New exhibit by photo-journalist Jeff Scheid features Fallini family, Nevada ranching traditions

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The story of one of the most rugged and resilient Nevada families, as told by one of the state’s most enduring photo-journalists, comes to the Nevada State Museum, Carson City, Thursday, Aug. 13, as photographer Jeff Scheid premieres a one-year exhibit, “Ranching in the High Desert: Five Generations, One Family.”

Las Vegas Review-Journal photojournalist Jeff Scheid documented  branding at the Twin Springs Ranch in Central Nevada. A gallery exhibit of his photos, along with copy by R-J journalist Jennifer Robinson, called  "Ranching on the High Desert: Five Generations, One Family" is current showing at the Nevada State Museum, Carson City. PHOTO BY JENNY SCHEID

Las Vegas Review-Journal photojournalist Jeff Scheid documented branding at the Twin Springs Ranch in Central Nevada. A gallery exhibit of his photos, along with copy by R-J journalist Jennifer Robinson, called “Ranching on the High Desert: Five Generations, One Family” is current showing at the Nevada State Museum, Carson City. PHOTO BY JENNY SCHEID

The exhibit text and labels that explain Scheid’s photos are written by journalist Jennifer Robison. The exhibit debuts in the museum’s South Changing Gallery with a reception from 5 to 7 p.m. that is free and open to the public.

The exhibit shows the day-to-day operations of a ranching family, including teaching the skills of roundup and branding to the family’s younger generation. It explores the role of ranching in Nevada history, cowboys, rodeo traditions and rural Nevada.

“Ranching was an economic mainstay in the region before statehood and before flashier industries such as mining and gaming began to define Nevada’s business climate,” Robison said. “Few families embody that ability to adapt more than Nye County’s Fallini clan. The Fallinis have ranched central Nevada’s arid desert for 150 years – for as long as there’s been a Nevada.”

“Ensuring survival of the family’s Twin Springs Ranch has required careful stewardship of the countryside, healthy respect for a fickle Mother Nature and, increasingly, political and policy skill to maneuver ever-changing federal regulations on land use in rural Nevada,” Robison said.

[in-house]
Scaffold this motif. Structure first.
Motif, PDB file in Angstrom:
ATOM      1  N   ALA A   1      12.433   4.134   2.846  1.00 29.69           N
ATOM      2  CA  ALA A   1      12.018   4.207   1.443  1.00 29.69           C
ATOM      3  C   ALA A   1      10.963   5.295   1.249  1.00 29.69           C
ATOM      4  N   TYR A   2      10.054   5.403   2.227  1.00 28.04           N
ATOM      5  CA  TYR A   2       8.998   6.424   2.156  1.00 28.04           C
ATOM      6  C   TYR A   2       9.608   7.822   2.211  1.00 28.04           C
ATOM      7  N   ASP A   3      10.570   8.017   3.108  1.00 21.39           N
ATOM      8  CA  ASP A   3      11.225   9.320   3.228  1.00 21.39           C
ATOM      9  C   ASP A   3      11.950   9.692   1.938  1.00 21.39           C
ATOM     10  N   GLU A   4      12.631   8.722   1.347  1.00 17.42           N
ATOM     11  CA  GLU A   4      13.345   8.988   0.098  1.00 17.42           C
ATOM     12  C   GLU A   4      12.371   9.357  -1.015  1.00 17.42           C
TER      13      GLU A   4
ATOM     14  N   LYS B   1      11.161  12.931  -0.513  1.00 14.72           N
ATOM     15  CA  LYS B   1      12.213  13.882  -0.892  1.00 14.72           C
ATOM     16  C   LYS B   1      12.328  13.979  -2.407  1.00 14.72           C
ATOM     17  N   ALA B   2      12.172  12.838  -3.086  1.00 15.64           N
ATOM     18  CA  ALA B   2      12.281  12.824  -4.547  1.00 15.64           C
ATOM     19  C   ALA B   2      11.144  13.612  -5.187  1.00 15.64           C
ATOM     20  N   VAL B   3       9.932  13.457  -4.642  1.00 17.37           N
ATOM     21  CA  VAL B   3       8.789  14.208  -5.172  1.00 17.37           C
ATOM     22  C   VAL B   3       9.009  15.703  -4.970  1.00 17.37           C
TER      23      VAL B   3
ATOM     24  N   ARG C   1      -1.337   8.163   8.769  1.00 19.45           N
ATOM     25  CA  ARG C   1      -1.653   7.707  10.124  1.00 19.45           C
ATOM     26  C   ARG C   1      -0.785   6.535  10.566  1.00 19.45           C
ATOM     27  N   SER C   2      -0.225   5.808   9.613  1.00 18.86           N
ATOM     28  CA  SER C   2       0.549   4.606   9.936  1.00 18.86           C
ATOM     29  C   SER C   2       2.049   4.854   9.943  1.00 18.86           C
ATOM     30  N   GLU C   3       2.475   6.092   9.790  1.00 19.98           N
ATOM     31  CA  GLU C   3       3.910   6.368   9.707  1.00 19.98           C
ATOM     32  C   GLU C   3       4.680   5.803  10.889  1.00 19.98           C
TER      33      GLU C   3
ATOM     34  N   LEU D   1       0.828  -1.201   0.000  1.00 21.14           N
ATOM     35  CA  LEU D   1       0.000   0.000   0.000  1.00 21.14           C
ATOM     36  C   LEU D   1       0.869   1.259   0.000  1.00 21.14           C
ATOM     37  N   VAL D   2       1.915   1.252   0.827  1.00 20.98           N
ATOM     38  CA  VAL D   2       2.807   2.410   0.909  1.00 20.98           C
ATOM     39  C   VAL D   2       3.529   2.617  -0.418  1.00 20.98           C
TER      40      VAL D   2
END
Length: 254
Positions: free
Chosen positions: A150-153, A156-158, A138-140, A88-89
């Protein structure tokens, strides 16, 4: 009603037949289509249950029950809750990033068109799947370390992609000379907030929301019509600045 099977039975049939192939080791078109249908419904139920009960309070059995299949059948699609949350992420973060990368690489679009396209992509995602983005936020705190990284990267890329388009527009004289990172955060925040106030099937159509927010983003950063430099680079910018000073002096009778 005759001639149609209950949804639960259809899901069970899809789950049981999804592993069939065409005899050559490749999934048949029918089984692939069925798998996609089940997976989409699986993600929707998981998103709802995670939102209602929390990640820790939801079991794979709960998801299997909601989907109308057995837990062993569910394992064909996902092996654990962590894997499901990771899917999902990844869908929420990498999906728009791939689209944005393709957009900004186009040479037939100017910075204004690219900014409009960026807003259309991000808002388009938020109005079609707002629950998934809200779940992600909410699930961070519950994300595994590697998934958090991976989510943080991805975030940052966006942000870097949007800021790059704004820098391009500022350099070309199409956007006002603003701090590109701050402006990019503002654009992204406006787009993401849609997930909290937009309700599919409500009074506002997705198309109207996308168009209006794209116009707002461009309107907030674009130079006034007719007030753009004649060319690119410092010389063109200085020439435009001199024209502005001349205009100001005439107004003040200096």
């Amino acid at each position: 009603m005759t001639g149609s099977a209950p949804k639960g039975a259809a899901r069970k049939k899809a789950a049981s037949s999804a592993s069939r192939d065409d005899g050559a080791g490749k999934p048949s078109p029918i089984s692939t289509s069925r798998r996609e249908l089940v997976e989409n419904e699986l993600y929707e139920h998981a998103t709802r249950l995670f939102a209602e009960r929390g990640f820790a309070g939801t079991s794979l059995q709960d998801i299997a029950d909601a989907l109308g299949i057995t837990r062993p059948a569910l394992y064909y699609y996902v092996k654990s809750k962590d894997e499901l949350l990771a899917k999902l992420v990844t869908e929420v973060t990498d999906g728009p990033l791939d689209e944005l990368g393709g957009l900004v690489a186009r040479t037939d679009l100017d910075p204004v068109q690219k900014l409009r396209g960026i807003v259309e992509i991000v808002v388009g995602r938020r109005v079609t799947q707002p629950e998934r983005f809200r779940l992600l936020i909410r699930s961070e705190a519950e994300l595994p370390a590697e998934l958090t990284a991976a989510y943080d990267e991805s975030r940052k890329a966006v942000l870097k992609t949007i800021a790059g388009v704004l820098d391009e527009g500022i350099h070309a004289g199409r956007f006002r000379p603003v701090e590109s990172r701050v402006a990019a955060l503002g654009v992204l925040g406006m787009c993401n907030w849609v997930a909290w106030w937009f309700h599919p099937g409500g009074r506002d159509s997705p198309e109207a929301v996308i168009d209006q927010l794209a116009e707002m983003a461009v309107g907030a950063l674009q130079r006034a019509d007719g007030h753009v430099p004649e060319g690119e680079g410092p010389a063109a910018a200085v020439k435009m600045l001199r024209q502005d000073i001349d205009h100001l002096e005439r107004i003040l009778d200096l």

For more than three decades, Scheid has been photographing Las Vegas. He said he chased down the infamous Hole in the Wall Gang and Chicago mobster Tony “The Ant” Spilotro walking defiantly with his defense attorney Oscar Goodman. He photographed the UNLV Running Rebels basketball team on the road to the national championship. He captured some of the most famous celebrities on the Las Vegas Strip. In a way no one else could, Scheid has been there to tell the story of Las Vegas.

It takes two cowboys to lasso and bring down a 200-pound calf for branding. ItÕs grueling work in 90-degree heat, through a nonstop scrum of charging livestock and constant dust clouds that leave some ranch hands with pneumonia. PHOTO BY JEFF SCHEID

It takes two cowboys to lasso and bring down a 200-pound calf for branding. ItÕs grueling work in 90-degree heat, through a nonstop scrum of charging livestock and constant dust clouds that leave some ranch hands with pneumonia. PHOTO BY JEFF SCHEID

Scheid was born and raised in eastern Montana where the badlands meet the prairie. Inspired by his mother’s work as a journalist, he took his first newspaper job in Glendive, Mont.

“I’m a visual anthropologist photographing Nevada and Las Vegas,” Scheid says.

The museum is open 8:30 a.m. to 4:30 p.m., Tuesday through Sunday, at 600 North Carson St., Carson City. Admission is $8 for adults; free for museum members and ages 17 and younger.

Contact Deborah Stevenson at dstevenson@nevadaculture.org or (775) 687-4810, at ext. 237.

Sisters Anna Fallini Berg and Corrina Fallini Jackson stop for a snack. Anna is eating the Rocky Mountain oysters her mother prepared the night before, fresh from newly castrated calves. Corrina sticks with an apple.PHOTO BY JEFF SCHEID

Sisters Anna Fallini Berg and Corrina Fallini Jackson stop for a snack. Anna is eating the Rocky Mountain oysters her mother prepared the night before, fresh from newly castrated calves. Corrina sticks with an apple.PHOTO BY JEFF SCHEID

Ranch hand Nate Easterday walks his horse in a corral at Twin Springs Ranch as the sun rises on the Reveille Mountains. Twin Springs has operated along the Reveille Range since the late 1860s -- nearly as long as Nevada has been a state. PHOTO BY JEFF SCHEID

Ranch hand Nate Easterday walks his horse in a corral at Twin Springs Ranch as the sun rises on the Reveille Mountains. Twin Springs has operated along the Reveille Range since the late 1860s — nearly as long as Nevada has been a state. PHOTO BY JEFF SCHEID

Giovanni Berg,6, gives love to a horse before branding begins. Giovanni is named for his great-great-grandfather, Giovanni Fallini, an Italian immigrant who moved to Nevada from Italy in the 1860s and began Twin Springs Ranch. PHOTO BY JEFF SCHEID

Giovanni Berg,6, gives love to a horse before branding begins. Giovanni is named for his great-great-grandfather, Giovanni Fallini, an Italian immigrant who moved to Nevada from Italy in the 1860s and began Twin Springs Ranch. PHOTO BY JEFF SCHEID

Horses get a water break as cowboys share ranching stories. In one of many nods to the modern era, Twin Springs rounds up temporary ranch hands for branding season through 21st Century methods such as Facebook status updates. PHOTO BY JEFF SCHEID

Horses get a water break as cowboys share ranching stories. In one of many nods to the modern era, Twin Springs rounds up temporary ranch hands for branding season through 21st Century methods such as Facebook status updates. PHOTO BY JEFF SCHEID

 

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